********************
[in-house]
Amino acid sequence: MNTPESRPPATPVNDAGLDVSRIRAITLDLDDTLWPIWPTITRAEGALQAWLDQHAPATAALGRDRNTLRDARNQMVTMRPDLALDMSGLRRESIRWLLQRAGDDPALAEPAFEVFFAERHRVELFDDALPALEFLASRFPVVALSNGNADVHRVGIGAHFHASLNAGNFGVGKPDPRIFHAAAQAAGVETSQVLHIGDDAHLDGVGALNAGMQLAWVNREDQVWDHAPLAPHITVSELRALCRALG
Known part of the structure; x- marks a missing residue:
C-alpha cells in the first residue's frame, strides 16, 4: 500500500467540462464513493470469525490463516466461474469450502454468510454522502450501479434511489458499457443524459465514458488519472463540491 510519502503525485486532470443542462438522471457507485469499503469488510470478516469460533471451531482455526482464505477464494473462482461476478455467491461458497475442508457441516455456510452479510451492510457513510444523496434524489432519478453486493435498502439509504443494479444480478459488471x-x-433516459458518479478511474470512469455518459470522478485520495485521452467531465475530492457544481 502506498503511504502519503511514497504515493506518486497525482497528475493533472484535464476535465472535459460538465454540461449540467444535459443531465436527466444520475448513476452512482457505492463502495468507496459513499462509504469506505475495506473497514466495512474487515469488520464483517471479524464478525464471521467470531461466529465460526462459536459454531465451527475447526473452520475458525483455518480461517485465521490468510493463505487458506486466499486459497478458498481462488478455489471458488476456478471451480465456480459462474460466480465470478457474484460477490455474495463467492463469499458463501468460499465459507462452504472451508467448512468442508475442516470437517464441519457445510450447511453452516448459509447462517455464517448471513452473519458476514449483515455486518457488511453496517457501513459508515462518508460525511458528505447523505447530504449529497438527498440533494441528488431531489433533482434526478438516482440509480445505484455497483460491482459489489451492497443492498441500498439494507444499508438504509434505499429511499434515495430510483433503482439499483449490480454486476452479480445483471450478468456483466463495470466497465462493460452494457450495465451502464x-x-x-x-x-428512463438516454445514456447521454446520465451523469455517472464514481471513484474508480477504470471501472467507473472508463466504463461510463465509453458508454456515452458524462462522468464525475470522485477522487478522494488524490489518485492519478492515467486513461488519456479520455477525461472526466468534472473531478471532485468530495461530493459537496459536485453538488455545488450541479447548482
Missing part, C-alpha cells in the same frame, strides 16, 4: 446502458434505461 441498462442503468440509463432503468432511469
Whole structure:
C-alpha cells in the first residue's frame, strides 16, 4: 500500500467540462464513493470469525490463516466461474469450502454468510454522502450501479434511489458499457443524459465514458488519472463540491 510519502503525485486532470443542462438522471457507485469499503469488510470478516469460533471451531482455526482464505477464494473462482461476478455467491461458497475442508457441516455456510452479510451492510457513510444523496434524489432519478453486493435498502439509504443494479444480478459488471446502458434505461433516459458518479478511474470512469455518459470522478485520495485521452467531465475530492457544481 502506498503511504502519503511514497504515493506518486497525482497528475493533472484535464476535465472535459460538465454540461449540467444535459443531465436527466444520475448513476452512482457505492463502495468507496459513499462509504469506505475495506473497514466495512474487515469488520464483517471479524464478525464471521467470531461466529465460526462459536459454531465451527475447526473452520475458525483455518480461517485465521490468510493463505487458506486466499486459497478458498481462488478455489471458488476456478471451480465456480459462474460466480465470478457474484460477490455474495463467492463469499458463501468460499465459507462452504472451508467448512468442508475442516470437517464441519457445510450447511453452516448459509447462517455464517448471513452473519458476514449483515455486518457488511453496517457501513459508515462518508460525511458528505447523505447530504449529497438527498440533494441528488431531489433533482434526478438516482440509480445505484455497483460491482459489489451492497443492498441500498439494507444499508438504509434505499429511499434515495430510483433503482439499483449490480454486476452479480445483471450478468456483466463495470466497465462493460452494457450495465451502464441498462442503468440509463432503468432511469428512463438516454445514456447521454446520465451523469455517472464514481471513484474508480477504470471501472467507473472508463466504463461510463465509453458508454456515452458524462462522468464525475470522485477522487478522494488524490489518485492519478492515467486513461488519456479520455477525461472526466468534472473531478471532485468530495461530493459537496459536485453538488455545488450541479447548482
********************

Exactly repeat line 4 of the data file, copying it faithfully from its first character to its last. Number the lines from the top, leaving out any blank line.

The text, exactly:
C-alpha cells in the first residue's frame, strides 16, 4: 500500500467540462464513493470469525490463516466461474469450502454468510454522502450501479434511489458499457443524459465514458488519472463540491 510519502503525485486532470443542462438522471457507485469499503469488510470478516469460533471451531482455526482464505477464494473462482461476478455467491461458497475442508457441516455456510452479510451492510457513510444523496434524489432519478453486493435498502439509504443494479444480478459488471x-x-433516459458518479478511474470512469455518459470522478485520495485521452467531465475530492457544481 502506498503511504502519503511514497504515493506518486497525482497528475493533472484535464476535465472535459460538465454540461449540467444535459443531465436527466444520475448513476452512482457505492463502495468507496459513499462509504469506505475495506473497514466495512474487515469488520464483517471479524464478525464471521467470531461466529465460526462459536459454531465451527475447526473452520475458525483455518480461517485465521490468510493463505487458506486466499486459497478458498481462488478455489471458488476456478471451480465456480459462474460466480465470478457474484460477490455474495463467492463469499458463501468460499465459507462452504472451508467448512468442508475442516470437517464441519457445510450447511453452516448459509447462517455464517448471513452473519458476514449483515455486518457488511453496517457501513459508515462518508460525511458528505447523505447530504449529497438527498440533494441528488431531489433533482434526478438516482440509480445505484455497483460491482459489489451492497443492498441500498439494507444499508438504509434505499429511499434515495430510483433503482439499483449490480454486476452479480445483471450478468456483466463495470466497465462493460452494457450495465451502464x-x-x-x-x-428512463438516454445514456447521454446520465451523469455517472464514481471513484474508480477504470471501472467507473472508463466504463461510463465509453458508454456515452458524462462522468464525475470522485477522487478522494488524490489518485492519478492515467486513461488519456479520455477525461472526466468534472473531478471532485468530495461530493459537496459536485453538488455545488450541479447548482